Predicting probabilities in classification tasks allows us to adjust the probability thresholds required for assigning an observation to a certain class. This can lead to improved predictive performance.

Predicting probabilities in classification tasks allows us to adjust the probability thresholds required for assigning an observation to a certain class. This can lead to improved classification performance, especially for cases where we e.g. aim to balance off metrics such as false positive and false negative rates.

This is for example often done in ROC Analysis. The mlr3book also has a chapter on ROC Analysis) for the interested reader. This post does not focus on ROC analysis, but instead focusses on the general problem of adjusting classification thresholds for arbitrary metrics.

This post assumes some familiarity with the mlr3, and also the mlr3pipelines and mlr3tuning packages, as both are used during the post. The mlr3book contains more details on those two packages. This post is a more in-depth version of the article on threshold tuning in the mlr3book.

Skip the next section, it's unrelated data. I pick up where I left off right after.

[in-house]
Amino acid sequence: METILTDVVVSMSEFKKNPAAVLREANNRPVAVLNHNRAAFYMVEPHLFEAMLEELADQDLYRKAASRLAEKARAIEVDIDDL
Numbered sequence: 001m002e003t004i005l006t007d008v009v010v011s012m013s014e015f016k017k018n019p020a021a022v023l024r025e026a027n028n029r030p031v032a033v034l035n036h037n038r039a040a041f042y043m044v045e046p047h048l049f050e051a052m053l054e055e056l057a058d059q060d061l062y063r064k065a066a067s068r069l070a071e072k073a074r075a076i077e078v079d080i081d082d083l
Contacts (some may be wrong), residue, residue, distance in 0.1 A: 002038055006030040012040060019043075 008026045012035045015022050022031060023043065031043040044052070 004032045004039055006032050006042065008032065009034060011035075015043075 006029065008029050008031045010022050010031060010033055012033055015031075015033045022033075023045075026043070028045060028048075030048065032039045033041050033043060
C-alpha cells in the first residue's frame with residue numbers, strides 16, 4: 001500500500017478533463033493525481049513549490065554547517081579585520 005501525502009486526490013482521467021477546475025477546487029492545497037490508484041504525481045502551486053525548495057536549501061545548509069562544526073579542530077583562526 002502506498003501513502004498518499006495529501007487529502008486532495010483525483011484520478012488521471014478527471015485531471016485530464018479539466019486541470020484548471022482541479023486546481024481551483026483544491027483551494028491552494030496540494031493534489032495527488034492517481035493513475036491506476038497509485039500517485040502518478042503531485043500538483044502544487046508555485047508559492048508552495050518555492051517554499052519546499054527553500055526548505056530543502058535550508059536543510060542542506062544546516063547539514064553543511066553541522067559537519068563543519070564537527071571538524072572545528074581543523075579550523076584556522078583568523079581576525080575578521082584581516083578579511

We load the mlr3verse package which pulls in the most important packages for this example.

We initialize the random number generator with a fixed seed for reproducibility, and decrease the verbosity of the logger to keep the output clearly represented.

```
set.seed(7832)
lgr::get_logger("mlr3")$set_threshold("warn")
lgr::get_logger("bbotk")$set_threshold("warn")
```

In order to understand thresholds, we will quickly showcase the effect of setting different thresholds:

First we create a learner that predicts probabilities and use it to predict on holdout data, storing the prediction.

```
learner = lrn("classif.rpart", predict_type = "prob")
rr = resample(tsk("pima"), learner, rsmp("holdout"))
prd = rr$prediction()
prd
```

```
<PredictionClassif> for 256 observations:
row_ids truth response prob.pos prob.neg
4 neg neg 0.1057692 0.8942308
6 neg neg 0.0200000 0.9800000
10 pos neg 0.1428571 0.8571429
---
764 neg neg 0.2777778 0.7222222
766 neg neg 0.0200000 0.9800000
767 pos pos 0.8000000 0.2000000
```

If we now look at the confusion matrix, the off-diagonal elements are errors made by our model (*false positives* and *false negatives*) while on-diagol ements are where our model predicted correctly.